Come On… Is Virtual Reality Training Really Necessary for Office Workers?


August 23, 2018

If you’re like me, you’re constantly clicking on articles on how virtual or augmented reality technology is being combined with various training programs in super cool ways.

There’s virtual reality education to improve rail safety for children. Virtual reality training to prepare first responders for disasters and emergencies. Virtual reality training to help police run through realistic bank robbery scenarios. Pick any industry—sports, military, healthcare, you name it—and it’s easy to imagine how VR could be used to take training to even more effective heights. With VR, you can immerse trainees in realistic environments that take engagement to an entirely new level without exposing them to the real-world dangers of fighting fires or operating industrial machines until they’re ready. VR leaves no room for multi-tasking it or faking your way through a session. But it does guarantee that trainees are able to walk away without injury.

But what about those of us who work out of everyday office environments? Is VR really necessary? Is there much value to be gained by using VR to make remote workers feel like they’re all sitting around the same conference table or drinking from the same water cooler? There’s plenty of room for debate, of course, but as more workforces become virtualized, VR can provide a significant benefit by combating the feeling of remote workers being cut off from their teams or the skepticism on-site workers feel about remote worker dedication or productivity. In short, VR can help bring people together and create the sense of teamwork, camaraderie and collaboration that only a shared physical space can normally provide.

But where VR is poised to make the most gains is in training. Most people absorb and recall more information when learning is a poignant experience. They want to see, interact with and apply what they’re being taught, not simply hear about it or read about it. There are plenty of high-adrenaline situations workers may face in an office environment that benefit immensely from the immersive experience VR can provide. These include workforce safety scenarios involving sexual harassment, assault or even an attack on the workplace—situations that traditional training programs often, if not always, fail to replicate (and therefore fail entirely) simply because they don’t seem real. The best training comes from real-life experience, and VR is the best technology we have today to emulate real life, without the need for a full-scale sound stage and actors. A trainer can walk you through the steps of what to do in the event of a major earthquake, but if you’re not actually feeling the fear and adrenaline that comes when you are surrounded by disaster, you’re not learning how to deal with a certain situation while feeling the pressure and stress of responding to the problems that situation throws at you in the moment.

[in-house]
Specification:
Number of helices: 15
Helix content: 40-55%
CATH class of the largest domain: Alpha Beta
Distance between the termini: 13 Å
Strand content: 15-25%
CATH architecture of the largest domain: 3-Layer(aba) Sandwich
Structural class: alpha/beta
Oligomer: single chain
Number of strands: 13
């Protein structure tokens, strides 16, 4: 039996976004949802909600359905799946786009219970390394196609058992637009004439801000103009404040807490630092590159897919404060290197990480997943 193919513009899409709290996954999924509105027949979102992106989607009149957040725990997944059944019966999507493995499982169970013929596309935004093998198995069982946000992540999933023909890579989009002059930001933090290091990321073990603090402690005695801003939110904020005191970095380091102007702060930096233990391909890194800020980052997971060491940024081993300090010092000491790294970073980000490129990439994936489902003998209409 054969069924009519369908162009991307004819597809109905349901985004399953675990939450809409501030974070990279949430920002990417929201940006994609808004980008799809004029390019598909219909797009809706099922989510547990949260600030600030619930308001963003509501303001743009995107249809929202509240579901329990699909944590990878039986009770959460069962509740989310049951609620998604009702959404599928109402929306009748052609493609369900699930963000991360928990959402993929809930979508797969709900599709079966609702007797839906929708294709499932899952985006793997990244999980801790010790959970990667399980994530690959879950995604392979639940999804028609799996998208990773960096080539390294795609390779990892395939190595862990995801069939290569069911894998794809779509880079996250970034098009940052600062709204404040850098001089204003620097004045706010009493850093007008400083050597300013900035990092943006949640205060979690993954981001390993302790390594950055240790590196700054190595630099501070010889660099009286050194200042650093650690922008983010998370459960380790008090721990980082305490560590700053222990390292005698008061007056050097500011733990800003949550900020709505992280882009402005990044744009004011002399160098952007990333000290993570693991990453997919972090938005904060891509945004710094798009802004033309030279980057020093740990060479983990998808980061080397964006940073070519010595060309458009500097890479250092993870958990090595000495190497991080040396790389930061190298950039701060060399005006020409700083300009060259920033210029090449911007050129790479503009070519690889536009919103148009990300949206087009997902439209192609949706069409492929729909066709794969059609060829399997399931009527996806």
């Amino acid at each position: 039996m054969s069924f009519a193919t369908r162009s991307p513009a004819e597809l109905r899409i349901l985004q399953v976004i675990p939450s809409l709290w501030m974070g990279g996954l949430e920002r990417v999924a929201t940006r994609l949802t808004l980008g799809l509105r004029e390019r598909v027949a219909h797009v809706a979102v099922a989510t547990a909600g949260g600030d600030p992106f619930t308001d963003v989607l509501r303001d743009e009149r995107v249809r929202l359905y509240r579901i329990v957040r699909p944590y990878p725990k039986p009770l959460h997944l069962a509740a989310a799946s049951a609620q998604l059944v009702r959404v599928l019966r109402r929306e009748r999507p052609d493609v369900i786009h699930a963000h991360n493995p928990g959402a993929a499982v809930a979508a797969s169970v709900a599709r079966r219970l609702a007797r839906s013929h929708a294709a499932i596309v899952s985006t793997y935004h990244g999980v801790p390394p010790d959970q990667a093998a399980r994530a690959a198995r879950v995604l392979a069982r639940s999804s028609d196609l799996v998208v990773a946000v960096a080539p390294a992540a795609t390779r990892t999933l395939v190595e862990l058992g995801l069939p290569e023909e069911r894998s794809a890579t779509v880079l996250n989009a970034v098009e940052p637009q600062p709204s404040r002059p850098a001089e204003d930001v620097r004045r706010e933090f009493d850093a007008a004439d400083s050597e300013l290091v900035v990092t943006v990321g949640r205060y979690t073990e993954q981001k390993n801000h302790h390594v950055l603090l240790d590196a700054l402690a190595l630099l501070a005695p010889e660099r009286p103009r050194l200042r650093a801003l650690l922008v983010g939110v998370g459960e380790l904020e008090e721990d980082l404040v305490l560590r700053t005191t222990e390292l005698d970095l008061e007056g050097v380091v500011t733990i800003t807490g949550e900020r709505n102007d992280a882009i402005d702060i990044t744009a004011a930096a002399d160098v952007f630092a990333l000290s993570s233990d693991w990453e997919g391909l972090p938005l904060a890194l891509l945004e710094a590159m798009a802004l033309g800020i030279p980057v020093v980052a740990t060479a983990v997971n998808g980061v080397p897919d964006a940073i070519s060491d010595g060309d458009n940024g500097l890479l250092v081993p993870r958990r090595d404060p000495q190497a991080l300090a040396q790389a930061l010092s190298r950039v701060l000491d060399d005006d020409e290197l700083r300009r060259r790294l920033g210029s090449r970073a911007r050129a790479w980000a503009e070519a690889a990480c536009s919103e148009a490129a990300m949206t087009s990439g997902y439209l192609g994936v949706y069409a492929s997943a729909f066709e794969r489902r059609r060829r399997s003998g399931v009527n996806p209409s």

On the lighter side, VR can also assist with everyday office training scenarios—those with professional stressors vs. emergency responses—in quite meaningful and impactful ways. One area in particular that stands to greatly benefit from VR training is customer service. VR-based orientation to a new office environment such as a bank branch, along with processes and procedures throughout the facility, could be greatly reduced in time and operational risk, without a single ‘real customer’ interaction or embarrassing moment. Similar to the workplace safety situations listed above, all kinds of customer service scenarios can be set up to help workers learn how to weather the toughest of people and situations. Such training could also be used to help workers learn how to work with each other by testing their communication and collaborative skills against workers with different personality types, age groups, or cultural backgrounds.

One final note to add: for today’s younger workers, office technology plays a big role in their job satisfaction. They don’t believe the technology they rely on at home should be superior to the technology they rely on at work. A recent Penn Schoen Berland study found millennials are even more likely to quite a job if the technology isn’t up to par. 73% of the millennials that participated in the survey said having virtual sharing tools in the workplace are “extremely important”.

Is VR training an absolute must-have in today’s office environment? Perhaps not. But as VR training hits its stride and is embraced by more organizations, more people will become accustomed to learning this way. VR will become a training imperative for people powered organizations. Those that are experimenting with VR training now will later be able to wield it strategically when everyone else is still working to catch up.

Which one of those organizations will yours be?

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